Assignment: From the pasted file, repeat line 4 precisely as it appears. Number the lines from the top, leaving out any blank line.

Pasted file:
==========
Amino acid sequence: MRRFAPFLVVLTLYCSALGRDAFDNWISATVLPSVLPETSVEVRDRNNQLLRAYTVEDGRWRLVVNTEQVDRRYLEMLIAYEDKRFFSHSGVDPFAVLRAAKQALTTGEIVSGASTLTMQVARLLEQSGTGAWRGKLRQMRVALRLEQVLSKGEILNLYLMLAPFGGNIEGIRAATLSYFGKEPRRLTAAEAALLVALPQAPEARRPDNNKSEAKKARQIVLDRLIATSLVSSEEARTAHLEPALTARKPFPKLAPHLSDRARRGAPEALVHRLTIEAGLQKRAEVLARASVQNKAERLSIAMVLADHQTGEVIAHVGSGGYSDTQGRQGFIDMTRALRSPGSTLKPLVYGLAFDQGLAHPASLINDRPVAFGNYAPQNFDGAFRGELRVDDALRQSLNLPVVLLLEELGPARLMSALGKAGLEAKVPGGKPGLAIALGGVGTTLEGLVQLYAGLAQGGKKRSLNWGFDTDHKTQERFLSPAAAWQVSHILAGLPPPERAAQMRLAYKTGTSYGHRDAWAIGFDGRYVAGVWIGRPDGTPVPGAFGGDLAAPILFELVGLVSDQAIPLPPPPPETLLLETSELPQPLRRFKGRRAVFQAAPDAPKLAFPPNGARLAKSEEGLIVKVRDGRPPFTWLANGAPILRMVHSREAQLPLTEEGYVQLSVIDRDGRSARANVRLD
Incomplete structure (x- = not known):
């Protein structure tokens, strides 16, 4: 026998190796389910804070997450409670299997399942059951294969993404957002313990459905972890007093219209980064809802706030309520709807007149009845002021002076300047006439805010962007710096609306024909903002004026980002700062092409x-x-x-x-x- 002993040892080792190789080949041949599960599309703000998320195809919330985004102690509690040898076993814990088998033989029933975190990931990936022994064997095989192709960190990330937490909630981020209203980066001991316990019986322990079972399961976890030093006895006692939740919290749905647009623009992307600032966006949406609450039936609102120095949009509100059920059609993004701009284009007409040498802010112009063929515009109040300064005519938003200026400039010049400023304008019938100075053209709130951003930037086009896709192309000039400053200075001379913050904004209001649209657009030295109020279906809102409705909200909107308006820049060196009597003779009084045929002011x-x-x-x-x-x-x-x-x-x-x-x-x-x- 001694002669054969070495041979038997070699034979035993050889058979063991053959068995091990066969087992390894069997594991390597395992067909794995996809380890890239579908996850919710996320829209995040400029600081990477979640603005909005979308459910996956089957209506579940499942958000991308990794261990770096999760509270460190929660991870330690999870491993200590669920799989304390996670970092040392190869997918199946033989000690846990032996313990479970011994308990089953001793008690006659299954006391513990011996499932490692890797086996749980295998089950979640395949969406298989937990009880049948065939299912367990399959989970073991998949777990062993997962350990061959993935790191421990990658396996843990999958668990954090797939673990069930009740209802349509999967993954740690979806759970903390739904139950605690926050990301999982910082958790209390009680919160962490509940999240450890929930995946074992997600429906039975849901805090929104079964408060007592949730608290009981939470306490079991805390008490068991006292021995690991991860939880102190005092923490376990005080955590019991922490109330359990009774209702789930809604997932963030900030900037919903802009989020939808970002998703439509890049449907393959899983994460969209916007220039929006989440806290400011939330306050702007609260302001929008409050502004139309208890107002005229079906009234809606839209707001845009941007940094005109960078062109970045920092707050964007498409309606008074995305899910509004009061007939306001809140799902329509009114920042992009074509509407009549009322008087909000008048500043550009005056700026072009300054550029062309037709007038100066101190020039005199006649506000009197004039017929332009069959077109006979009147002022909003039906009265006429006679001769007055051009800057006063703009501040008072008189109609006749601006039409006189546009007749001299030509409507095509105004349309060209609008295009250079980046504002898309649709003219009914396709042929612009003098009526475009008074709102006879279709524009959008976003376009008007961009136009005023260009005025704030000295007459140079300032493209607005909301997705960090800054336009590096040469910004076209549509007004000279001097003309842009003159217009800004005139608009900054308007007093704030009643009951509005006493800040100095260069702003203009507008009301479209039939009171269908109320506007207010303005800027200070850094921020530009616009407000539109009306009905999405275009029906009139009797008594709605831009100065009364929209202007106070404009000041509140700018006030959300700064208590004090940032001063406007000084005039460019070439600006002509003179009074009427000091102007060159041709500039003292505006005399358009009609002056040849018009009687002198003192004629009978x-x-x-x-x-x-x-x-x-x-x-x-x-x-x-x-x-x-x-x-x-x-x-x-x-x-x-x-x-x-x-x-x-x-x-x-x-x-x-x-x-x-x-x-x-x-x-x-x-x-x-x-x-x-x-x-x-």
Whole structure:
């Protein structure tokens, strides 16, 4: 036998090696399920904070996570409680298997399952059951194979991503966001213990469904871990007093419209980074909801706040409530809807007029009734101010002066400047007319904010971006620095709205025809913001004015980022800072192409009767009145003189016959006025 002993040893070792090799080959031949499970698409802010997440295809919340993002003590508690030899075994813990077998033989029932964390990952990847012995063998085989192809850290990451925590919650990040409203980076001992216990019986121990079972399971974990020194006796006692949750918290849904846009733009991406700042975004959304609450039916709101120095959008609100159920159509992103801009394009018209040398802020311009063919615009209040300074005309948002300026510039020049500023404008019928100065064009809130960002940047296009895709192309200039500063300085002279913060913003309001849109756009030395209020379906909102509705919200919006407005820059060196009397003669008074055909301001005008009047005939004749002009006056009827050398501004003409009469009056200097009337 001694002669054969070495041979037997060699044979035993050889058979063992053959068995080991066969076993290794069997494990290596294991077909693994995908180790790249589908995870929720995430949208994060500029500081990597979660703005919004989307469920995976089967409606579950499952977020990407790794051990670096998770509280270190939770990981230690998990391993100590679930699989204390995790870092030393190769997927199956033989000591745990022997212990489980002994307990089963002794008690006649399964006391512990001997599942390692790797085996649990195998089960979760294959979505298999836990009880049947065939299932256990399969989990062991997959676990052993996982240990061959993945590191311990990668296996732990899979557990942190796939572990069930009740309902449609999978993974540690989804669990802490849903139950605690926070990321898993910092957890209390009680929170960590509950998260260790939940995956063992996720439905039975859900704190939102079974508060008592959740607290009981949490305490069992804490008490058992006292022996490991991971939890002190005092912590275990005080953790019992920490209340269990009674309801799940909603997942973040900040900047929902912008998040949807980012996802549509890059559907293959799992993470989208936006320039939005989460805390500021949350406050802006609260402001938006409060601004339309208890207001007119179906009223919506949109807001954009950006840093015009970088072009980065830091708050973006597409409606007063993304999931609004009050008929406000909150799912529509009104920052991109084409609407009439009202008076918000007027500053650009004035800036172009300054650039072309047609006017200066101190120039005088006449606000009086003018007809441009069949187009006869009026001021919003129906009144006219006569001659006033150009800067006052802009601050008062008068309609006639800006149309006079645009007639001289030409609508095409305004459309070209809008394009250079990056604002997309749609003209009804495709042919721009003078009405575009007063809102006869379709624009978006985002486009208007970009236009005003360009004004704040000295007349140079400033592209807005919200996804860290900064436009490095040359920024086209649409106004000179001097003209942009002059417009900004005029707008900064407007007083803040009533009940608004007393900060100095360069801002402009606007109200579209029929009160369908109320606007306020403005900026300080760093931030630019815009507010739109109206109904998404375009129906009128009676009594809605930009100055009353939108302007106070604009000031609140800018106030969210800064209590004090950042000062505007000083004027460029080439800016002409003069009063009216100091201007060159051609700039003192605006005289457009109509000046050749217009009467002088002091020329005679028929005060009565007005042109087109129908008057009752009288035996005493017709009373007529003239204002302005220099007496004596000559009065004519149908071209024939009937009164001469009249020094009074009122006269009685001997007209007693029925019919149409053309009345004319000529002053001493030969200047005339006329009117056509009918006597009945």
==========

Whole structure: